Isabela Manelici

development and international economics seminar

Isabela Manelici

LSE
Responsible sourcing? Theory and evidence from Costa Rica
Joint with
Alonso Alfaro-Ureña, Benjamin Faber, Cecile Gaubert, Jose P. Vasquez
Venue

MEGA

MEGA

Maison de l'économie et de la gestion d'Aix
424 chemin du viaduc
13080 Aix-en-Provence

Date(s)
Friday, October 14 2022| 12:00pm to 1:15pm
Contact(s)

Timothée Demont: timothee.demont[at]univ-amu.fr
Lorenzo Rotunno: lorenzo.rotunno[at]univ-amu.fr

Abstract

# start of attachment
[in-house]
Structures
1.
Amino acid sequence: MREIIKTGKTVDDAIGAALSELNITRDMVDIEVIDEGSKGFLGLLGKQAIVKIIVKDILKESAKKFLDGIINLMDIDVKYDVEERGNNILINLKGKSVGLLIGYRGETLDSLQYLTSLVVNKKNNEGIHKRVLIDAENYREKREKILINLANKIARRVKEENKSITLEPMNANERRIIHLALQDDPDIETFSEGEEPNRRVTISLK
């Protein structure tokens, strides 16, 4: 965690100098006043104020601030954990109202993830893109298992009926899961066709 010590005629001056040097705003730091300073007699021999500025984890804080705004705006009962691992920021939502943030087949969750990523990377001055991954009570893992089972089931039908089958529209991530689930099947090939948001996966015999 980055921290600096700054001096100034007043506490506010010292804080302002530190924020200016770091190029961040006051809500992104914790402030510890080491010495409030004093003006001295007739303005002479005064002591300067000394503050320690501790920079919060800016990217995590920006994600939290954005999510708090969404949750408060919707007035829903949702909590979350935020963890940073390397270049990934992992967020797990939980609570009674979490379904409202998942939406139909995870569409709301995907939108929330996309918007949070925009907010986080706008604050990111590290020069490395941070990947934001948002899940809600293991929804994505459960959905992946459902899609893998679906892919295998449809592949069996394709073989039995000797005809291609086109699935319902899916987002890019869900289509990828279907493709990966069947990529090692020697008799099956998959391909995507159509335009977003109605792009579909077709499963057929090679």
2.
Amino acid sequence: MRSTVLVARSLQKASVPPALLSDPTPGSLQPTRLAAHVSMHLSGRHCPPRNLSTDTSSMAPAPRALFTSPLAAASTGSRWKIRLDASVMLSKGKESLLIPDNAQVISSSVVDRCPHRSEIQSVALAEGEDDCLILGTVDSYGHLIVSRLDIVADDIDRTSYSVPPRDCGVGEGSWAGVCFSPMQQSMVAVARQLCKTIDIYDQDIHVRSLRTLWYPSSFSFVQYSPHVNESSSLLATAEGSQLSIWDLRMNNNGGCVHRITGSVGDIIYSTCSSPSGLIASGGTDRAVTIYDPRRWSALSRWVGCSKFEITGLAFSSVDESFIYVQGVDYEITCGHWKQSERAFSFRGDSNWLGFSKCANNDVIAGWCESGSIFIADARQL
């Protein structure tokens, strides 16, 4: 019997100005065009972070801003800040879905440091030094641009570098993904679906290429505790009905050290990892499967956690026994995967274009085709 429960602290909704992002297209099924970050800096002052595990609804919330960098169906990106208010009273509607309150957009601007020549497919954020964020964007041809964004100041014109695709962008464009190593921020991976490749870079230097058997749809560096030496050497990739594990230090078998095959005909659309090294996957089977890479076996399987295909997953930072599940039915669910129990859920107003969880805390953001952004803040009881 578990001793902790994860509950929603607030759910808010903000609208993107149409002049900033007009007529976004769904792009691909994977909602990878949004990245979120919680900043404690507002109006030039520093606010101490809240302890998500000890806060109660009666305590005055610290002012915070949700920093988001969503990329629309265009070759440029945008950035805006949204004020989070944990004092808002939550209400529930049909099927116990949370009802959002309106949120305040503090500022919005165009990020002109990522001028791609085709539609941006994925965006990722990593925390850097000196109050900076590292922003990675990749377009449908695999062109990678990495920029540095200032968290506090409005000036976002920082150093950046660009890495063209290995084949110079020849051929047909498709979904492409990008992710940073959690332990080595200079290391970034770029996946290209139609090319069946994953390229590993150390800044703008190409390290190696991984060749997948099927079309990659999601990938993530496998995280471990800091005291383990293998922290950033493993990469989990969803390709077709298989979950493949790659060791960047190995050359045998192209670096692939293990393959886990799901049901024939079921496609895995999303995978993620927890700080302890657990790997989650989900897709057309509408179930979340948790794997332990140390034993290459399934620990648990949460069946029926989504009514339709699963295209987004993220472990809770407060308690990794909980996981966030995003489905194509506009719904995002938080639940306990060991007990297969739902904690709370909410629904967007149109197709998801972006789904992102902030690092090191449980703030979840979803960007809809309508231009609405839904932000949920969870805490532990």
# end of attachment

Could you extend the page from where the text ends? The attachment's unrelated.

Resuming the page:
Multinational enterprises (MNEs) increasingly impose “responsible sourcing” (RS) standards on their suppliers worldwide, including requirements on worker compensation, benefits and working conditions. Are these policies just ‘hot air’ or do they impact exposed suppliers? If so, what is the welfare incidence of RS in general equilibrium (GE) on average and across worker types in sourcing origin countries? To answer these questions, we develop a quantitative theoretical model of RS and combine it with a unique new database. In the theory, we show that the welfare implications of RS are a priori ambiguous, depending on an interplay between what is akin to an export tax (+) and a labor market distortion (−). Empirically, we build a database covering the near-universe of RS rollouts by more than 400 MNE affiliates in Costa Rica (CR) since 2009, linked with firm-to-firm transactions and matched employer-employee microdata for all CR firms. Using these data, we find that RS rollouts lead to significant reductions in firm sales and employment at exposed suppliers, an increase in their salary payments to initially low-wage workers and a reduction in their low-wage employment share. We then use the estimated effects and the microdata to calibrate the model and quantify counterfactuals in GE. We find that while MNE RS policies have led to significant welfare gains among the roughly 20% of low-wage workers who are employed at exposed suppliers ex ante, the real incomes of the remaining majority of low-wage workers in CR decline due to adverse indirect effects on their wages and the domestic price index.

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